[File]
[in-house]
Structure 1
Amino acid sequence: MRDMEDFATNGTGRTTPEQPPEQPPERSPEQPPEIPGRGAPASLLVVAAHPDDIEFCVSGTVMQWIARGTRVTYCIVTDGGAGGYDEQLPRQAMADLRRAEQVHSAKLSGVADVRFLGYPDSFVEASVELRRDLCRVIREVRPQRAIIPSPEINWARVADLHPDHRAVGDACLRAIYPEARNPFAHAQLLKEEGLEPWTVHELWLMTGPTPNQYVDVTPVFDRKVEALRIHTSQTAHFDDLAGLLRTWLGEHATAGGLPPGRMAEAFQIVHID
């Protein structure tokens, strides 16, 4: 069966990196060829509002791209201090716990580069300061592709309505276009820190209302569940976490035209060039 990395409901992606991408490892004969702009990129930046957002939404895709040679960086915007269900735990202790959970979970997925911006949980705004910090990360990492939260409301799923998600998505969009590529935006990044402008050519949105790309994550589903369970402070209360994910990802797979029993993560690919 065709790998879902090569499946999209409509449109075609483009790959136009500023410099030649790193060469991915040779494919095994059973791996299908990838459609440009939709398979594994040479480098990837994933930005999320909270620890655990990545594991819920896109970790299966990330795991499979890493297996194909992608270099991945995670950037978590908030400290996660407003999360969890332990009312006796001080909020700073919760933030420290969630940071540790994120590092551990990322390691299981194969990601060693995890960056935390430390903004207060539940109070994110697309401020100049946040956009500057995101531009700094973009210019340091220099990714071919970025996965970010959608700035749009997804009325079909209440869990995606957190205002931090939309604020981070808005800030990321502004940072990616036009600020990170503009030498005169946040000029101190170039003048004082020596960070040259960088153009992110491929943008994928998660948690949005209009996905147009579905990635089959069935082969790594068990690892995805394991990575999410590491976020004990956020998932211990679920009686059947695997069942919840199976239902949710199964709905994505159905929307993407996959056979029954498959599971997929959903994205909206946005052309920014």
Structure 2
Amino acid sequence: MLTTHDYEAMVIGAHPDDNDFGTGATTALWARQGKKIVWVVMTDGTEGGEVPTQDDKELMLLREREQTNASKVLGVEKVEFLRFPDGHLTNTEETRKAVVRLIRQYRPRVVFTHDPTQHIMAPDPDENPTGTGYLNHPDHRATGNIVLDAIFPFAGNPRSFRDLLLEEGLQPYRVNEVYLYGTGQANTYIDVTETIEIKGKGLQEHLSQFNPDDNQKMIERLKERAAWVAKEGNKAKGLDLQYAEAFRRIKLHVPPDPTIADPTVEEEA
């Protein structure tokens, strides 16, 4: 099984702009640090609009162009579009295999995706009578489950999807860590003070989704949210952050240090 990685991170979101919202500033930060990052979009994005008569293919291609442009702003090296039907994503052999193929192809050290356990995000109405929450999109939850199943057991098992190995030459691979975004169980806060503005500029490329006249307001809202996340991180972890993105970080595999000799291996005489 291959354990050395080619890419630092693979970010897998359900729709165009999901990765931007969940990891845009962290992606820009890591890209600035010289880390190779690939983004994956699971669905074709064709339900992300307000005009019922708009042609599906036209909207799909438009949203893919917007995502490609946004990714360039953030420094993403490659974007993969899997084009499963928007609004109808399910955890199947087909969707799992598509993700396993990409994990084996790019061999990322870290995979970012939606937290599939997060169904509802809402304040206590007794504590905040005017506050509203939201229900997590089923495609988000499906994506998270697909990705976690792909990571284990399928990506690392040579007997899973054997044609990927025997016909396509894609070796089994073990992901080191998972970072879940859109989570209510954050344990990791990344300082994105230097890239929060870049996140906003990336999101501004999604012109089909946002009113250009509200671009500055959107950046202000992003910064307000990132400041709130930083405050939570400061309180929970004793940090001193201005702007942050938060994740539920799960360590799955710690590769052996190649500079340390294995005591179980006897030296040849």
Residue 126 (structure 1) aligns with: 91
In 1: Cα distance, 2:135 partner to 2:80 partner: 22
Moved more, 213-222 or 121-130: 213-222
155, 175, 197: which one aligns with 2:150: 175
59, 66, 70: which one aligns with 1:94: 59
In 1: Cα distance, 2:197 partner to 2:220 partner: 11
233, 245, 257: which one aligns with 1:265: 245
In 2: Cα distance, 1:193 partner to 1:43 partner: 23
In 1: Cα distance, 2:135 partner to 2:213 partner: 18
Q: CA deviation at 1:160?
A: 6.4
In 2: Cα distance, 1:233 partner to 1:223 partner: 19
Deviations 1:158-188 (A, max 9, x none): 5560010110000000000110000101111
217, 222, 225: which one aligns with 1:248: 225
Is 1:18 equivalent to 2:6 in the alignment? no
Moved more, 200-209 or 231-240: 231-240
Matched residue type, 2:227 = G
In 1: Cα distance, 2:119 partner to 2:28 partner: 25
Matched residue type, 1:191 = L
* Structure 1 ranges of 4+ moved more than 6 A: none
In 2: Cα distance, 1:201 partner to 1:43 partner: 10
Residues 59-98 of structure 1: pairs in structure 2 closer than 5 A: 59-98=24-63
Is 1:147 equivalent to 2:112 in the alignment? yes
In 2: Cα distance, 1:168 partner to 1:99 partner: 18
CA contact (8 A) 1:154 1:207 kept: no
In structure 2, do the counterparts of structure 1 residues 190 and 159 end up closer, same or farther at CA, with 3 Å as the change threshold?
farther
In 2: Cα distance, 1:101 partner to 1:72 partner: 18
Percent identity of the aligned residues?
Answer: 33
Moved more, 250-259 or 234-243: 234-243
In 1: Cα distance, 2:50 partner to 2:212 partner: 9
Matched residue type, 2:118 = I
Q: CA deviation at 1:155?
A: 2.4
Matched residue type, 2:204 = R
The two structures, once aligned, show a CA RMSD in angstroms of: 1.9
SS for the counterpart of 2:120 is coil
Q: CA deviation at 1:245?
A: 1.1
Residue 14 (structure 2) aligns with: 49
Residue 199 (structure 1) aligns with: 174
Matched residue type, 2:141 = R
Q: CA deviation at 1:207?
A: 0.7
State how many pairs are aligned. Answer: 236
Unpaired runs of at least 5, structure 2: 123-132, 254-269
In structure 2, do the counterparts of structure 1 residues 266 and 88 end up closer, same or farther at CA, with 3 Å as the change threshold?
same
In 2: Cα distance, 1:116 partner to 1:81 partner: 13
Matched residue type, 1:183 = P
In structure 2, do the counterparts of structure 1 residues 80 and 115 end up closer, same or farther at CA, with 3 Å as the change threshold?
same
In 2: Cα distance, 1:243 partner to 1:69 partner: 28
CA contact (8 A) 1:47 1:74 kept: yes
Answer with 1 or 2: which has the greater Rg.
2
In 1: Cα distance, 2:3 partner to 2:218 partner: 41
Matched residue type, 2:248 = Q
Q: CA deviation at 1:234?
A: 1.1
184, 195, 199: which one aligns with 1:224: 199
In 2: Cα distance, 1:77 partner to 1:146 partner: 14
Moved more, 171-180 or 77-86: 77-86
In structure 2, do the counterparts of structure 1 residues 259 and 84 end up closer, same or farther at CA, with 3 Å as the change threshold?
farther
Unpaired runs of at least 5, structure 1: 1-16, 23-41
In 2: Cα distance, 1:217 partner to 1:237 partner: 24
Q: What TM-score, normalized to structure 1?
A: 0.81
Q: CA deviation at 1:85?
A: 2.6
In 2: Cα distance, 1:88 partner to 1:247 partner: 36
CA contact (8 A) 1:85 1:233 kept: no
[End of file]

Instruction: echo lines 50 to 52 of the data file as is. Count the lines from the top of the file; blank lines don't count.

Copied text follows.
Matched residue type, 2:141 = R
Q: CA deviation at 1:207?
A: 0.7